Zimmerman verdict made me “the other.”

Christina Wong
Seattle, WA

I’m a second generation Asian American woman who married into a Caucasian family. I have always felt Americanized and never really identified with being Chinese while growing up, except for those occasions of childhood taunts that I must be smart because I’m Chinese or when I experienced the exceedingly rare occurrences of overt racism where I was refused service or ignored in a store or restaurant of a rural, all white town.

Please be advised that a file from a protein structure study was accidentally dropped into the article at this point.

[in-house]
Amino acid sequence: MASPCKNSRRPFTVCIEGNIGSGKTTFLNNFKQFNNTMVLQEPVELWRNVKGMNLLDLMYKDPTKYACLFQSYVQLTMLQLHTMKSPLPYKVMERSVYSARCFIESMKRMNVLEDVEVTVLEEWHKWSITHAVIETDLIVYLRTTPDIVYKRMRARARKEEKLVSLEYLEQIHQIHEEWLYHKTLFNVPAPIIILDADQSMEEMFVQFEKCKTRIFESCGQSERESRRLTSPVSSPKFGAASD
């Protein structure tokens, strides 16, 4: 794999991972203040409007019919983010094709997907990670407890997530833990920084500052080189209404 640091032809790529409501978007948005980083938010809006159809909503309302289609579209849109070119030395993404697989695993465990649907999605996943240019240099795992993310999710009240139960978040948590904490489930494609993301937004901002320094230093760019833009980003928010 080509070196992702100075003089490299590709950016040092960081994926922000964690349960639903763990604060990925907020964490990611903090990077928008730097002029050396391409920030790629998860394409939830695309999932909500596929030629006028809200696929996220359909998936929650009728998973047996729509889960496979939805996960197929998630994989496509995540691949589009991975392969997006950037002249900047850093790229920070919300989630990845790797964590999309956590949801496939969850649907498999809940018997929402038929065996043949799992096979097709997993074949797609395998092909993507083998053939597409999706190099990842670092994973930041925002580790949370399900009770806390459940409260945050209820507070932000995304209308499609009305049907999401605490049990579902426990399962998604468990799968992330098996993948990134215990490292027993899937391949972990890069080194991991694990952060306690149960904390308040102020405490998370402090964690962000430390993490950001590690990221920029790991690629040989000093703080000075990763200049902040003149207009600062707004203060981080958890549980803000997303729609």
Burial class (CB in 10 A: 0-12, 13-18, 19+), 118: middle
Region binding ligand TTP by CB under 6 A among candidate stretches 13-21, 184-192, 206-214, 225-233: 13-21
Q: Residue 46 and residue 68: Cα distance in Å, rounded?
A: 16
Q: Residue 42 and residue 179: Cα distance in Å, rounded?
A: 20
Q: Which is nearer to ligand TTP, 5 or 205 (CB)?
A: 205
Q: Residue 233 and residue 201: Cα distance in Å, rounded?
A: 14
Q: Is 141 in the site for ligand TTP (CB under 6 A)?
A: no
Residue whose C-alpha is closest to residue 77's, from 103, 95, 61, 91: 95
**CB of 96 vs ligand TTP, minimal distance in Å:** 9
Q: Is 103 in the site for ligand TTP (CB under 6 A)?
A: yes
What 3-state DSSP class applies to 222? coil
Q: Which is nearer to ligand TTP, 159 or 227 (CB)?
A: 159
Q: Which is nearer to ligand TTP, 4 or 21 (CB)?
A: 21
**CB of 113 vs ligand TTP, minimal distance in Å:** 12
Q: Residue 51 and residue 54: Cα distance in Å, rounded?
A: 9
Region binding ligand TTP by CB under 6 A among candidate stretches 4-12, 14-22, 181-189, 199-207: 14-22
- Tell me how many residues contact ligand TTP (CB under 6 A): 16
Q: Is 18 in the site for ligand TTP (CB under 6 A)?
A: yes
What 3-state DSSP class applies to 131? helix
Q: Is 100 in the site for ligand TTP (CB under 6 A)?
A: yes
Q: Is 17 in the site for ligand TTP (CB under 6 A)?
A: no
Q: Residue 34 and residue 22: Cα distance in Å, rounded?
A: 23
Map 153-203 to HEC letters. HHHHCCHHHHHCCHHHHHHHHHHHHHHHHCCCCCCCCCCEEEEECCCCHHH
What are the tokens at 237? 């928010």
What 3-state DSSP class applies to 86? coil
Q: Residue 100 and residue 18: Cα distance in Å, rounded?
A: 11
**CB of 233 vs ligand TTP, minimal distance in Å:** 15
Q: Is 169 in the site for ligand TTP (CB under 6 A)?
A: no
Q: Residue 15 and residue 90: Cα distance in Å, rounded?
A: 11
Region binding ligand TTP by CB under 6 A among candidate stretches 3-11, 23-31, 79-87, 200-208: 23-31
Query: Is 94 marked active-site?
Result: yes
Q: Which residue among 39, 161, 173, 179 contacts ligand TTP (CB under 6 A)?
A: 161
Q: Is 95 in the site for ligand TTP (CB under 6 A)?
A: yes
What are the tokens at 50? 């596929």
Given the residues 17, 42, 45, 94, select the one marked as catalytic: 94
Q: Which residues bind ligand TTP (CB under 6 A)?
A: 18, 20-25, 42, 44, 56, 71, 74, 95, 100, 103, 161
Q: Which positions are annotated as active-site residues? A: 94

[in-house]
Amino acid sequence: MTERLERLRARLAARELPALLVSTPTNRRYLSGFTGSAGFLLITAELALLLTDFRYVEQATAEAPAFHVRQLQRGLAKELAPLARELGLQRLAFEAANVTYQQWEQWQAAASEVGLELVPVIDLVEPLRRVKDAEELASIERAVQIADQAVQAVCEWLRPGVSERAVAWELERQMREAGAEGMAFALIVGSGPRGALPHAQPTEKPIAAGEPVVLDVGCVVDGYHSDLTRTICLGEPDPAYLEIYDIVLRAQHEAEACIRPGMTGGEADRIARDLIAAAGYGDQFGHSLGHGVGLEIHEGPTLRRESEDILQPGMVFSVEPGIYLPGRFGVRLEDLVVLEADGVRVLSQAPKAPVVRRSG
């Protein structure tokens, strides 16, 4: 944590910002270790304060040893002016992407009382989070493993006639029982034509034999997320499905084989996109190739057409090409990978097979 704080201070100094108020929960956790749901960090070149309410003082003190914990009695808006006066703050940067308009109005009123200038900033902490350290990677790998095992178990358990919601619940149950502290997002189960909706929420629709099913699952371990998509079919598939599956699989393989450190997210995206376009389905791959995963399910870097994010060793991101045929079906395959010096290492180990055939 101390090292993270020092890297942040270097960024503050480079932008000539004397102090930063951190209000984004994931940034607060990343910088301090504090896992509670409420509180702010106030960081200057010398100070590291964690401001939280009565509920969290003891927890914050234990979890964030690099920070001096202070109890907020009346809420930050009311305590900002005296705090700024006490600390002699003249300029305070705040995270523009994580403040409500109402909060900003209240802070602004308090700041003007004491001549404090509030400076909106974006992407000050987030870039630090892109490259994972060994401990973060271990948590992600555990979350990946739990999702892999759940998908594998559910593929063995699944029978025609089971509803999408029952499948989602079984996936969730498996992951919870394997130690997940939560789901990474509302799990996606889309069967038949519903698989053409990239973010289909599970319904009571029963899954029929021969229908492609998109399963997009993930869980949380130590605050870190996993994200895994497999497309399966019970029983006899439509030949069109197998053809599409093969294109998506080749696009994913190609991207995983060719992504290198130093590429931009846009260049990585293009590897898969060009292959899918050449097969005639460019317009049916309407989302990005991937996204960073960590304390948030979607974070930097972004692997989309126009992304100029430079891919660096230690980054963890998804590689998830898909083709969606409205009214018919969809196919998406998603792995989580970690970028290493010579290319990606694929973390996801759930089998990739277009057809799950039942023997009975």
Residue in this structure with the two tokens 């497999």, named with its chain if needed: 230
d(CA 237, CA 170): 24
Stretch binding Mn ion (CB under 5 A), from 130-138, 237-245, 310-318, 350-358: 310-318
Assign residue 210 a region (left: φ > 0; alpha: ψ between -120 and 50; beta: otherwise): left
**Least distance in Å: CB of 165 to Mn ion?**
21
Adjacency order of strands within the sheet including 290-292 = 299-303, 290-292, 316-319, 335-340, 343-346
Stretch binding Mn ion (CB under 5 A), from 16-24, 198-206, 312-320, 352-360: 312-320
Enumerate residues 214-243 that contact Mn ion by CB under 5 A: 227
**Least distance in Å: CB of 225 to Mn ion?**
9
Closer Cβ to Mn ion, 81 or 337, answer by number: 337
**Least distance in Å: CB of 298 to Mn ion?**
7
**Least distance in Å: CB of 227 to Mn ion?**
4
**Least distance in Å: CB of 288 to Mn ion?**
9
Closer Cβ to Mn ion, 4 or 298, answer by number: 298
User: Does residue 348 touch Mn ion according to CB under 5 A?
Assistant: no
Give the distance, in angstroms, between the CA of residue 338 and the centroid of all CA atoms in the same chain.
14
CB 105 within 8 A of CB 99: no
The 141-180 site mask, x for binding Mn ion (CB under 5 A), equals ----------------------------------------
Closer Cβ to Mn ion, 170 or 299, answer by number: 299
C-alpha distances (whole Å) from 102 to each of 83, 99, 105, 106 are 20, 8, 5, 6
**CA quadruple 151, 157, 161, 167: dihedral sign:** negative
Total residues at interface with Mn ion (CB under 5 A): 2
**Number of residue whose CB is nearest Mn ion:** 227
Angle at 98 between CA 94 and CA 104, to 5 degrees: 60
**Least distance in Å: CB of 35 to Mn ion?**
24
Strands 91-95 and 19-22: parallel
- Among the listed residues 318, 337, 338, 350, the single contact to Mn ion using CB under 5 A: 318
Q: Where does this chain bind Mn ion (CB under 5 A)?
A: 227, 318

But when the Zimmerman verdict came out, I found myself arguing with a white in-law about why this is a racial issue, and that the racial tensions aren’t just a product of the media whipping people into a frenzy. The argument was on Facebook, in front of other members of my in-laws and no one else was speaking up, except for in private message of support to me or in the case of my husband, an indirect response to my brother-in-law. I feel alone and at times questioned whether I was the irrational one, but am feeling more and more like I’m either the only one who feels the need to have this confrontation or am looked to being the one who should have this confrontation because I am not white. I am “the other.”

 

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